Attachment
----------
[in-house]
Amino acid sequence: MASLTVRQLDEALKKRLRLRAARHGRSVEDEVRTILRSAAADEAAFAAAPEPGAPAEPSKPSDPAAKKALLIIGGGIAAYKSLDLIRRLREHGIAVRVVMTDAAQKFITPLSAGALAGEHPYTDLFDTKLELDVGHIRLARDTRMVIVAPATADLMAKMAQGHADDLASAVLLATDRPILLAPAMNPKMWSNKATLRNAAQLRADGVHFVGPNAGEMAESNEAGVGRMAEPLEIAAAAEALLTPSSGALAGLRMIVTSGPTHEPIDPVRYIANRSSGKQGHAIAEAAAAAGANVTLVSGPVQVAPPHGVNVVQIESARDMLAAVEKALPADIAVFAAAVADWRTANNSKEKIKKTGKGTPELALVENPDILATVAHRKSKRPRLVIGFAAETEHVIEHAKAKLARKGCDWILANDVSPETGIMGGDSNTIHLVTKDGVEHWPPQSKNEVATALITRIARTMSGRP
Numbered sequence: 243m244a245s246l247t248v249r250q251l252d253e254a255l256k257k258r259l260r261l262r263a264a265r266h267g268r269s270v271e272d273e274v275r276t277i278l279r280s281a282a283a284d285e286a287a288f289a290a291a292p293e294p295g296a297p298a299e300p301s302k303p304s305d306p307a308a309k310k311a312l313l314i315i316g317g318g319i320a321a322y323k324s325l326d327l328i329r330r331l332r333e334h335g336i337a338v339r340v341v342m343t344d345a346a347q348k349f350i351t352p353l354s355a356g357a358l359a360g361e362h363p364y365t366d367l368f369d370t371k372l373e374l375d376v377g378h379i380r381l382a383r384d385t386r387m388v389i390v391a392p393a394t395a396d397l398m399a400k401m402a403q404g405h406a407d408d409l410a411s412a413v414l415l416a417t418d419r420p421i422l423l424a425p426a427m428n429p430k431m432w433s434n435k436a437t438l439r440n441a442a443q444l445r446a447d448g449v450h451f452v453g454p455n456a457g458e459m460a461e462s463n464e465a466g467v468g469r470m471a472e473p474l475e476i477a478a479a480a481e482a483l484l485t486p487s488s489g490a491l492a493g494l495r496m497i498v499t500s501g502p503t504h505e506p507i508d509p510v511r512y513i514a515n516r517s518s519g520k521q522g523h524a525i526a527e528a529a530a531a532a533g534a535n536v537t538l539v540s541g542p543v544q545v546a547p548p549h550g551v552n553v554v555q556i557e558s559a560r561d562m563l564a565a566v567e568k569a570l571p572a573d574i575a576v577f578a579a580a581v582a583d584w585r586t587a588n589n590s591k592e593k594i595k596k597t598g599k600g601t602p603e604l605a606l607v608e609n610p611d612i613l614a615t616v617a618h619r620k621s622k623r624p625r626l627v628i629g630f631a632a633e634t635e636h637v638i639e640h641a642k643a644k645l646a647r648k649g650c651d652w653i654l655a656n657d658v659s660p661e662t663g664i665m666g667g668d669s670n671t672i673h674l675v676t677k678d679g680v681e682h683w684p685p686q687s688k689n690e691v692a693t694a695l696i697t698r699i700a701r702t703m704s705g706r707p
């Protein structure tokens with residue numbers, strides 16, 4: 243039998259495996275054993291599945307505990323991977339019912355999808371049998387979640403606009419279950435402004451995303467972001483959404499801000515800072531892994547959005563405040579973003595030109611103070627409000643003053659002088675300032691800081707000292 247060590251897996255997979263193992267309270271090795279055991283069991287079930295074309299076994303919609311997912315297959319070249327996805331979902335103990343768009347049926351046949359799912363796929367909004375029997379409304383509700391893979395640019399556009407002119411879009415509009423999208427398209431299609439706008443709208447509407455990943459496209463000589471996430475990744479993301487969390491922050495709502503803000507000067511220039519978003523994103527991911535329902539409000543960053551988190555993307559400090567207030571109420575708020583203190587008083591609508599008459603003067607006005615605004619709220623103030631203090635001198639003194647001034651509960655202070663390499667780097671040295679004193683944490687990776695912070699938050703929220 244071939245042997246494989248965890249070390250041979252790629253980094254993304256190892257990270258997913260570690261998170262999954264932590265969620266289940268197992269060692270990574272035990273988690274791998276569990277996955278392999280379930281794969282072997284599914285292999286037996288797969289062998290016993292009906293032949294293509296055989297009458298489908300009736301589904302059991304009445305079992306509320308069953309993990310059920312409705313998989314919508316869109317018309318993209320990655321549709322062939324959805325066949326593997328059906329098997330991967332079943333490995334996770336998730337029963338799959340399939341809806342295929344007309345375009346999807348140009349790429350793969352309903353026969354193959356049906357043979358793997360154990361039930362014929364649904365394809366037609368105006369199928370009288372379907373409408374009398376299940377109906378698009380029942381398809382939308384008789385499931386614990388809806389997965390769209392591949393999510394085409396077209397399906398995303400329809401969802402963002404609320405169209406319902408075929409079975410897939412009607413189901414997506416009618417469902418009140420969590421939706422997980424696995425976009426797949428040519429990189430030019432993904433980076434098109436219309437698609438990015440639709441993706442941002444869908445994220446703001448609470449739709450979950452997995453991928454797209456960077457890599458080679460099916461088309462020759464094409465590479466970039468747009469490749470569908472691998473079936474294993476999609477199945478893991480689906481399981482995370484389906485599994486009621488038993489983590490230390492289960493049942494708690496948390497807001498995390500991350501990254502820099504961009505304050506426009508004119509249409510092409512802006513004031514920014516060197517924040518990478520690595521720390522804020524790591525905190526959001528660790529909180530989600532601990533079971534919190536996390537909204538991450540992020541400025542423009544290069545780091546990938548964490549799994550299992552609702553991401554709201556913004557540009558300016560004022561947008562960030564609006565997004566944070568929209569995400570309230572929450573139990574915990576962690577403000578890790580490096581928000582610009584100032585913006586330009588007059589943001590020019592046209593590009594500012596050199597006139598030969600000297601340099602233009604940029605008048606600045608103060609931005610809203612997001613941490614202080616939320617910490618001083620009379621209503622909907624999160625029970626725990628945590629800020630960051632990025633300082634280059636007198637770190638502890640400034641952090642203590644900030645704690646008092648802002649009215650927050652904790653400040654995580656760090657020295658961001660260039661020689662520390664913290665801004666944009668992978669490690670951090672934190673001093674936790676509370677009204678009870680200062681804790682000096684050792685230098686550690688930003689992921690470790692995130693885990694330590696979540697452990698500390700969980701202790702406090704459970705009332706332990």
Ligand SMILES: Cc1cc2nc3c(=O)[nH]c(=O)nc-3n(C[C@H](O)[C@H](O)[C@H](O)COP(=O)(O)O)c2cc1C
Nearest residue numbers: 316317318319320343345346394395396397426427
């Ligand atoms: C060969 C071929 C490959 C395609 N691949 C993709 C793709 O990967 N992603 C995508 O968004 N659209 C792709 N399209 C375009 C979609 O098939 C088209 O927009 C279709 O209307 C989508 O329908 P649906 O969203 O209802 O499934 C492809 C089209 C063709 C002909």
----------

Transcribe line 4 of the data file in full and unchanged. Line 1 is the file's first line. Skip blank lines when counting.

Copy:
């Protein structure tokens with residue numbers, strides 16, 4: 243039998259495996275054993291599945307505990323991977339019912355999808371049998387979640403606009419279950435402004451995303467972001483959404499801000515800072531892994547959005563405040579973003595030109611103070627409000643003053659002088675300032691800081707000292 247060590251897996255997979263193992267309270271090795279055991283069991287079930295074309299076994303919609311997912315297959319070249327996805331979902335103990343768009347049926351046949359799912363796929367909004375029997379409304383509700391893979395640019399556009407002119411879009415509009423999208427398209431299609439706008443709208447509407455990943459496209463000589471996430475990744479993301487969390491922050495709502503803000507000067511220039519978003523994103527991911535329902539409000543960053551988190555993307559400090567207030571109420575708020583203190587008083591609508599008459603003067607006005615605004619709220623103030631203090635001198639003194647001034651509960655202070663390499667780097671040295679004193683944490687990776695912070699938050703929220 244071939245042997246494989248965890249070390250041979252790629253980094254993304256190892257990270258997913260570690261998170262999954264932590265969620266289940268197992269060692270990574272035990273988690274791998276569990277996955278392999280379930281794969282072997284599914285292999286037996288797969289062998290016993292009906293032949294293509296055989297009458298489908300009736301589904302059991304009445305079992306509320308069953309993990310059920312409705313998989314919508316869109317018309318993209320990655321549709322062939324959805325066949326593997328059906329098997330991967332079943333490995334996770336998730337029963338799959340399939341809806342295929344007309345375009346999807348140009349790429350793969352309903353026969354193959356049906357043979358793997360154990361039930362014929364649904365394809366037609368105006369199928370009288372379907373409408374009398376299940377109906378698009380029942381398809382939308384008789385499931386614990388809806389997965390769209392591949393999510394085409396077209397399906398995303400329809401969802402963002404609320405169209406319902408075929409079975410897939412009607413189901414997506416009618417469902418009140420969590421939706422997980424696995425976009426797949428040519429990189430030019432993904433980076434098109436219309437698609438990015440639709441993706442941002444869908445994220446703001448609470449739709450979950452997995453991928454797209456960077457890599458080679460099916461088309462020759464094409465590479466970039468747009469490749470569908472691998473079936474294993476999609477199945478893991480689906481399981482995370484389906485599994486009621488038993489983590490230390492289960493049942494708690496948390497807001498995390500991350501990254502820099504961009505304050506426009508004119509249409510092409512802006513004031514920014516060197517924040518990478520690595521720390522804020524790591525905190526959001528660790529909180530989600532601990533079971534919190536996390537909204538991450540992020541400025542423009544290069545780091546990938548964490549799994550299992552609702553991401554709201556913004557540009558300016560004022561947008562960030564609006565997004566944070568929209569995400570309230572929450573139990574915990576962690577403000578890790580490096581928000582610009584100032585913006586330009588007059589943001590020019592046209593590009594500012596050199597006139598030969600000297601340099602233009604940029605008048606600045608103060609931005610809203612997001613941490614202080616939320617910490618001083620009379621209503622909907624999160625029970626725990628945590629800020630960051632990025633300082634280059636007198637770190638502890640400034641952090642203590644900030645704690646008092648802002649009215650927050652904790653400040654995580656760090657020295658961001660260039661020689662520390664913290665801004666944009668992978669490690670951090672934190673001093674936790676509370677009204678009870680200062681804790682000096684050792685230098686550690688930003689992921690470790692995130693885990694330590696979540697452990698500390700969980701202790702406090704459970705009332706332990």